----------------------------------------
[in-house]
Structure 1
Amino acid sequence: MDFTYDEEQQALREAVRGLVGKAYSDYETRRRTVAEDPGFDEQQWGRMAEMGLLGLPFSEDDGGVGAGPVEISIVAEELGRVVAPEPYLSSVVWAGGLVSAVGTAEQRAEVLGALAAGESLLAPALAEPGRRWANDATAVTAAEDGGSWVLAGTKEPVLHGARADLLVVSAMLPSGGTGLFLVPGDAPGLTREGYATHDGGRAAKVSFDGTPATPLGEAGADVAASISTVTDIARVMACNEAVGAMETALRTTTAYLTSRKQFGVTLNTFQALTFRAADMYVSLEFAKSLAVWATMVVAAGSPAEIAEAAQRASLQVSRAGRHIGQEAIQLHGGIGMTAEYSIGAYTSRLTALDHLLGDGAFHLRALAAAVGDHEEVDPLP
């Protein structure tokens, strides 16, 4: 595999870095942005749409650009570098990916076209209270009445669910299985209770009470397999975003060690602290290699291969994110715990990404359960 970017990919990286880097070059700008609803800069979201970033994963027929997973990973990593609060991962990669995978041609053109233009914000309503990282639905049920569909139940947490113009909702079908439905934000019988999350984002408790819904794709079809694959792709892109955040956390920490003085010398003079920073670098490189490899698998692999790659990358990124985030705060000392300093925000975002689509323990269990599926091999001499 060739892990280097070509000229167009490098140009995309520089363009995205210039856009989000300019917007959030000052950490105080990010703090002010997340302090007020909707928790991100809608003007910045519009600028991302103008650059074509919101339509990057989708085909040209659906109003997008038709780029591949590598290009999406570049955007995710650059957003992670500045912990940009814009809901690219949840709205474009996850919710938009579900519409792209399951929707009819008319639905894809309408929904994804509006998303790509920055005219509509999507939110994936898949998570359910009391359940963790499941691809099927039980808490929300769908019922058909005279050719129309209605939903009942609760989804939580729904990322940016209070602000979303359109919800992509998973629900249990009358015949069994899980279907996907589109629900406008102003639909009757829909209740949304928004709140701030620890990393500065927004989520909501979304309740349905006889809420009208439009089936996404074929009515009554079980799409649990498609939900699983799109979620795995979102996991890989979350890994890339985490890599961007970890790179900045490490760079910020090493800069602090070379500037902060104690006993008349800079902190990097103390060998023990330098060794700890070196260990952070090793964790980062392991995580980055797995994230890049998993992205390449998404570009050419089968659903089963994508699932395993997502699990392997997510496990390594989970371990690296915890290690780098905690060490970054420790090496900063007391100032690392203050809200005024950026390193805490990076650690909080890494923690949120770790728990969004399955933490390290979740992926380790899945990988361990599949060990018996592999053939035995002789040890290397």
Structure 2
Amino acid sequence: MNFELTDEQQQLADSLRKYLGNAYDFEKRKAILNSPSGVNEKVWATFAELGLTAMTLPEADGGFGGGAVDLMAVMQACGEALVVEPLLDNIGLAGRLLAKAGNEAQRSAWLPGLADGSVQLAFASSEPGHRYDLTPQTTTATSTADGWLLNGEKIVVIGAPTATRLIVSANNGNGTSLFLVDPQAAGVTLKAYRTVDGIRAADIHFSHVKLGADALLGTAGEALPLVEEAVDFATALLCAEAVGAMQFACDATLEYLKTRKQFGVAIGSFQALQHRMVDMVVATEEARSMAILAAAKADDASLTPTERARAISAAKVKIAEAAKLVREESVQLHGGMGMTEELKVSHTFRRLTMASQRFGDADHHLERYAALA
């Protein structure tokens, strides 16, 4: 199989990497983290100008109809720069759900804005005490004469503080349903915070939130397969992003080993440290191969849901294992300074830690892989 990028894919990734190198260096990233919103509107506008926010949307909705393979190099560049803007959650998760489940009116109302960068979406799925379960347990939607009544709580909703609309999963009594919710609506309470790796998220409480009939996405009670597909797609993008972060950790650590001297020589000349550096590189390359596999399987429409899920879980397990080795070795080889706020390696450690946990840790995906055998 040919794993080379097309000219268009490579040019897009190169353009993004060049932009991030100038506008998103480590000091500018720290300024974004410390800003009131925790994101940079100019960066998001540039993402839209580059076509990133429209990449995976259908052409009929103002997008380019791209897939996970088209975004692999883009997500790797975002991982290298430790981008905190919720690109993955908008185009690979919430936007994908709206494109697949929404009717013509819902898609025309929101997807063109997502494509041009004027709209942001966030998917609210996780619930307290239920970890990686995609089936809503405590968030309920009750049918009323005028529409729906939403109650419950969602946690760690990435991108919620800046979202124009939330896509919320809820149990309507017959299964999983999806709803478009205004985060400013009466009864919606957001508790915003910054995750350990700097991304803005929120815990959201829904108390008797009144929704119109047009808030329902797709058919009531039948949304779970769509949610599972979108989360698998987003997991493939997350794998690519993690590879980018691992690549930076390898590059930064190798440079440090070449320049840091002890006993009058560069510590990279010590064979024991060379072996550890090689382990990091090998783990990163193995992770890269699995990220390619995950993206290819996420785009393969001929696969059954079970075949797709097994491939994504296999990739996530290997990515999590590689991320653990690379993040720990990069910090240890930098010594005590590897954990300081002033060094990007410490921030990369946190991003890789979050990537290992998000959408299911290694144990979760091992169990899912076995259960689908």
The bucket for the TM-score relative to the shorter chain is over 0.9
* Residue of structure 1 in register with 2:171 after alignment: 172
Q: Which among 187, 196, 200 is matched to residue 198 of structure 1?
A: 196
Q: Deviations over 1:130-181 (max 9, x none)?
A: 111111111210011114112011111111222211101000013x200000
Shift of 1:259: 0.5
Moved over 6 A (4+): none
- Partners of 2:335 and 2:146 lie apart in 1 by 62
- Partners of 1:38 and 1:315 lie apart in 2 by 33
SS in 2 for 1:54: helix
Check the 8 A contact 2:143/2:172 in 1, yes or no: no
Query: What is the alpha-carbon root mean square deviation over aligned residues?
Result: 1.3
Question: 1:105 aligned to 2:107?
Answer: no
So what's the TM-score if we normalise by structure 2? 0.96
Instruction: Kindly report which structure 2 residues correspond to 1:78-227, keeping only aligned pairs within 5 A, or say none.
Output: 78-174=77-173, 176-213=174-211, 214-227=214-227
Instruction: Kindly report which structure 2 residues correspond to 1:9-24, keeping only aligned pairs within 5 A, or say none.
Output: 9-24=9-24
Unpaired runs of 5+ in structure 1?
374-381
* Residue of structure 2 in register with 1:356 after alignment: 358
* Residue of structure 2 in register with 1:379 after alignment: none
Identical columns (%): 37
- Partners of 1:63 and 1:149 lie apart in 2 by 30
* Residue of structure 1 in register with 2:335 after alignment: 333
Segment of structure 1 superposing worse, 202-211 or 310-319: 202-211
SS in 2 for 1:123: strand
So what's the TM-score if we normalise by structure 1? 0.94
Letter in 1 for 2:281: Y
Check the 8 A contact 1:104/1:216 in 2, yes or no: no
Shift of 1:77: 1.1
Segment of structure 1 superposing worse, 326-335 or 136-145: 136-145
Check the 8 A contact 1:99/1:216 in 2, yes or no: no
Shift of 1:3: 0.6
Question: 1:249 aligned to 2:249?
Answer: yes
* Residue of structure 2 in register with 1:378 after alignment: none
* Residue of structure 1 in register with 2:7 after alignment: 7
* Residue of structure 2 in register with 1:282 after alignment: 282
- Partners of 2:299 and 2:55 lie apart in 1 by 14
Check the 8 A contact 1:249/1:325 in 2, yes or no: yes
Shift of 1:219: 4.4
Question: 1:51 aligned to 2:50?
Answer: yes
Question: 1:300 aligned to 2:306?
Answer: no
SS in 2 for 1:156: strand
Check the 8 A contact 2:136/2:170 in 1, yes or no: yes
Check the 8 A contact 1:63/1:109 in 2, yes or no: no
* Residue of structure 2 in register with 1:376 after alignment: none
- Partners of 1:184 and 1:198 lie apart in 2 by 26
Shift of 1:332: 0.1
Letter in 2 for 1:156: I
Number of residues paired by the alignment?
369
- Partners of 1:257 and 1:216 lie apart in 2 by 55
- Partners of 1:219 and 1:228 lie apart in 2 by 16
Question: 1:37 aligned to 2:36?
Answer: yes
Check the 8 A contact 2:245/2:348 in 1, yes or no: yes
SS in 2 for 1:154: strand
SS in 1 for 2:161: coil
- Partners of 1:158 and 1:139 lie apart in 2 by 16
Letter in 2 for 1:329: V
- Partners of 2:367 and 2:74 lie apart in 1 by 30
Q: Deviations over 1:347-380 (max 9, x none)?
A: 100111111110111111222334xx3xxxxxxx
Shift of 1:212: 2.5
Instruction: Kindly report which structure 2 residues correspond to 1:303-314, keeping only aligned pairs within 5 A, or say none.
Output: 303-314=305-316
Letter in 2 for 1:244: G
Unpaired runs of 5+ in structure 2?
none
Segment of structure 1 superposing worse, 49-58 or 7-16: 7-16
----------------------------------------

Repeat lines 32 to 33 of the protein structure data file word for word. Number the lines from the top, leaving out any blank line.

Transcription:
* Residue of structure 2 in register with 1:379 after alignment: none
Identical columns (%): 37